Prison escapee Kelden Edward Fraser was being transferred to a maximum-security jail because of his behaviour at a regional jail when he broke out of a prison van at Geraldton airport last week.
A prison source told The West Australian yesterday Fraser had taken part in a roof protest that caused $13,000 damage at Greenough Regional Prison last month.
Fraser, who was recaptured with fellow escapee Cameron John Graham after being on the run for 36 hours, was on remand at the prison for alleged armed robbery.
Corrective Services Minister Joe Francis confirmed yesterday that Fraser's security risk had been upgraded after the incident, prompting his move to a maximum-security prison in Perth.
"His security classification had changed," Mr Francis said.
"This happens all the time. He was going up because of his behaviour."
The prison source said there was surprise among officers that, given the reason for Fraser's move, he was not transferred in what was known as a "high-risk escort". A high-risk escort is carried out by specialist emergency support group officers in the Department of Corrective Services rather than Serco, the company that holds the contract to provide WA's prison transport services.
Instead, Fraser was driven to Geraldton airport with other prisoners in a van with separate individual cells.
Fraser and Graham are believed to have kicked through internal cell panels and then rushed past Serco employees when they opened the van door.
Asked if he thought Fraser should have been given a high-risk escort, Mr Francis said he would not comment on the department's operational decisions.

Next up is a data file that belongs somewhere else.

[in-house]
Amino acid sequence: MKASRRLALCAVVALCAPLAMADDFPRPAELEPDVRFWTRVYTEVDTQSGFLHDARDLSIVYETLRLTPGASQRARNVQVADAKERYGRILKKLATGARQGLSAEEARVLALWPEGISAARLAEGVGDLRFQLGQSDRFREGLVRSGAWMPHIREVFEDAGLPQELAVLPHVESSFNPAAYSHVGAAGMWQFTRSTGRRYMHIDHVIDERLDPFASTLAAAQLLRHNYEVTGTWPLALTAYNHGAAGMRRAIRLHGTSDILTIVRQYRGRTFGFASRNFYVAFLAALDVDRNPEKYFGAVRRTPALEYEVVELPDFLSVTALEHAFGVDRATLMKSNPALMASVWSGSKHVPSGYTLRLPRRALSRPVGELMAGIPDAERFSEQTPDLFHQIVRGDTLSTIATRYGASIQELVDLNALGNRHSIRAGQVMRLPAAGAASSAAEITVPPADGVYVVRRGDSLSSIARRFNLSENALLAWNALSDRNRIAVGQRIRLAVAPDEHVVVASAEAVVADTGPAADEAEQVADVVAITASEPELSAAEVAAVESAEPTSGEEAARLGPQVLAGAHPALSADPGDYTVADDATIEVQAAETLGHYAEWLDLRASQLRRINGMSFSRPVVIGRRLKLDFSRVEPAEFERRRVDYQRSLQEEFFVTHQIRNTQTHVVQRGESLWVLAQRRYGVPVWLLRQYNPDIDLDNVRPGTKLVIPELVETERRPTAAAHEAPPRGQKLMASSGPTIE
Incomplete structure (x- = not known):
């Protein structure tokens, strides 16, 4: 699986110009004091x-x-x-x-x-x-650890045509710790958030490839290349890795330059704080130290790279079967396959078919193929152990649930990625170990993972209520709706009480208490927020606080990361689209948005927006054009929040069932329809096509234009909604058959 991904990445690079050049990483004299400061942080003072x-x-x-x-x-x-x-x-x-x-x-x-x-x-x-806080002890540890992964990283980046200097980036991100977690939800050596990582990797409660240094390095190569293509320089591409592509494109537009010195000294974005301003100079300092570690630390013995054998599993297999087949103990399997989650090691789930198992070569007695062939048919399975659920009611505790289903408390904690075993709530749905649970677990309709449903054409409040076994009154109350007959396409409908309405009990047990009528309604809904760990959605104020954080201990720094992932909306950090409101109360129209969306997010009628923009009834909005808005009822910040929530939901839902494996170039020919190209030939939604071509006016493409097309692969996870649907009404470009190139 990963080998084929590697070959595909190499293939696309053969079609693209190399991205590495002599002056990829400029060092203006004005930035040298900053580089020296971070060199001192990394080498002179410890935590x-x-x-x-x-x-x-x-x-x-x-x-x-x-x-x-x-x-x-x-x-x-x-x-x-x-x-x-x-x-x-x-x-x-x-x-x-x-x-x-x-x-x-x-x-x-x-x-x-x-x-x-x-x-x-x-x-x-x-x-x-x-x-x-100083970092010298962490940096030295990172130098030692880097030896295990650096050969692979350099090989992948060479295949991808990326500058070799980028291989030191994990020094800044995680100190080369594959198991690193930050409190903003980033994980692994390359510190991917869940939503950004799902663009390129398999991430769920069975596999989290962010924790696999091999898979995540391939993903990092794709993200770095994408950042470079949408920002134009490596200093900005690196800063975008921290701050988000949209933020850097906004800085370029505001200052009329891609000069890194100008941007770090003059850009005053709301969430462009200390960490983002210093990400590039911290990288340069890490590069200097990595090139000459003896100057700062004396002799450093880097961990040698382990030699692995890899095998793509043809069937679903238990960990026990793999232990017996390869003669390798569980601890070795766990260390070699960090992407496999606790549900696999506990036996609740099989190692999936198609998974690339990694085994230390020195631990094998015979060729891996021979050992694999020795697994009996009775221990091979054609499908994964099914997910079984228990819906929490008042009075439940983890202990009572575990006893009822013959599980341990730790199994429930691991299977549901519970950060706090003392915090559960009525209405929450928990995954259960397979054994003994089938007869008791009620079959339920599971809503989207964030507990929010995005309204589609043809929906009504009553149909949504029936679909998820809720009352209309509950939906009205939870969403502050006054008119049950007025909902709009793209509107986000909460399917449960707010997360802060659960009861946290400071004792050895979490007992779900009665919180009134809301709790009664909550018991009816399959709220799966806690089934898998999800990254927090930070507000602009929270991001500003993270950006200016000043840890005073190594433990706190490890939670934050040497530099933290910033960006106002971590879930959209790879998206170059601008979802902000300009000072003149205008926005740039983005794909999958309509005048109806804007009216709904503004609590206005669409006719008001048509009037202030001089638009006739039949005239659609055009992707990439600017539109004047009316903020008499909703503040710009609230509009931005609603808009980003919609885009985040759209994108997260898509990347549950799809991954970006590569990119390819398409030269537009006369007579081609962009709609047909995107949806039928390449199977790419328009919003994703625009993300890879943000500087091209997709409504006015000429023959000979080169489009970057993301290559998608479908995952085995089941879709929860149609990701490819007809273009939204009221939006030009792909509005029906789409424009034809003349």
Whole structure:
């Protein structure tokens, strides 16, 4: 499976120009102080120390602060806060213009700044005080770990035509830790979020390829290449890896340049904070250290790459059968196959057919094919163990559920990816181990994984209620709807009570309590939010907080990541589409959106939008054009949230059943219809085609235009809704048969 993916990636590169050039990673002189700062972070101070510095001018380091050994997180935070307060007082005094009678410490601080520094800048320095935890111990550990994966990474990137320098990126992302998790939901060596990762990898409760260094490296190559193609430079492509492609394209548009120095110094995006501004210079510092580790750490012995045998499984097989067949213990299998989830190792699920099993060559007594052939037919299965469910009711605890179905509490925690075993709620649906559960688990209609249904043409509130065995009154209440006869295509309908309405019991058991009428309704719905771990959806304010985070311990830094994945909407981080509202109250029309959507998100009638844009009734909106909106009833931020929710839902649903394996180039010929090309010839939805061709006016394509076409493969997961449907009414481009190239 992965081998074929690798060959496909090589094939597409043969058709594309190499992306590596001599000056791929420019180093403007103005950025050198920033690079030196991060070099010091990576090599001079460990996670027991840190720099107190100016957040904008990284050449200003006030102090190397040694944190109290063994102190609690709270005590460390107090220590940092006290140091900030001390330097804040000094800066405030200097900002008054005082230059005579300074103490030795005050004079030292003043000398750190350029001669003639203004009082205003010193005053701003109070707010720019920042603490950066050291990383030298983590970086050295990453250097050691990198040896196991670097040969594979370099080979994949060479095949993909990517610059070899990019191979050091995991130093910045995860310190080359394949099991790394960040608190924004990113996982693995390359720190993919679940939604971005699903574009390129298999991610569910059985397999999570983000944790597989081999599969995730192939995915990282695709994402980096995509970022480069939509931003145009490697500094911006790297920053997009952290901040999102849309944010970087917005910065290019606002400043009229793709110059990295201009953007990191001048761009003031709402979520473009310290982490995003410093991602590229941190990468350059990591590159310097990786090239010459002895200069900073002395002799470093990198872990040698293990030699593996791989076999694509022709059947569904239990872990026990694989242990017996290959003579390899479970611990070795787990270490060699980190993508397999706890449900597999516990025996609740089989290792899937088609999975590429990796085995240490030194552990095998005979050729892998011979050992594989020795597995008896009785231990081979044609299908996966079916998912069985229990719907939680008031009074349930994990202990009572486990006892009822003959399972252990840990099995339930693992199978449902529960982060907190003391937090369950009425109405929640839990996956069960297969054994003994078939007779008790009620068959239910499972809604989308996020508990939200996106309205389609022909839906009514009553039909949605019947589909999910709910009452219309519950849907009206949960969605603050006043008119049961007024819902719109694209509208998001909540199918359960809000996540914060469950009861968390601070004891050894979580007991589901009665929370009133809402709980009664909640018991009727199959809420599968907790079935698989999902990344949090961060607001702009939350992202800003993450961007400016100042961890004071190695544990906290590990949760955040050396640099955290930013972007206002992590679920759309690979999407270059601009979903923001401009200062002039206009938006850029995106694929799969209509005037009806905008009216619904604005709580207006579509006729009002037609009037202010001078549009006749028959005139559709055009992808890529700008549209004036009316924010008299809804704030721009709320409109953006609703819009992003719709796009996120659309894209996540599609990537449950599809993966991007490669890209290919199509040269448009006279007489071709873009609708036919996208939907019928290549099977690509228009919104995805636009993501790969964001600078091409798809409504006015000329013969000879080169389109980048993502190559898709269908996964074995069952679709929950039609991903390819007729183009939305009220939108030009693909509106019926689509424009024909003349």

But he said Corrective Services Commissioner James McMahon was reviewing the policies.
"What you've seen is the Commissioner saying there will be no more non-essential transportation of prisoners without his consent," Mr Francis said.
"If he's taken away the authority for people to make those decisions, he's questioning their judgment because of what's happened over the last few days.
"I have complete faith the new Commissioner, who has significant operational experience as a commanding officer of the SASR, will have a look at all these policies, review them and change them as necessary."
The prison source said the roof protest involved five prisoners, including Fraser, who stayed on the roof for about nine hours.
Antenna and extractor fans were damaged.
The jail was in lockdown for 24 hours, the prison source said.
"He (Fraser) is a very high- profile prisoner in the system," the source said. "He just causes all sorts of grief."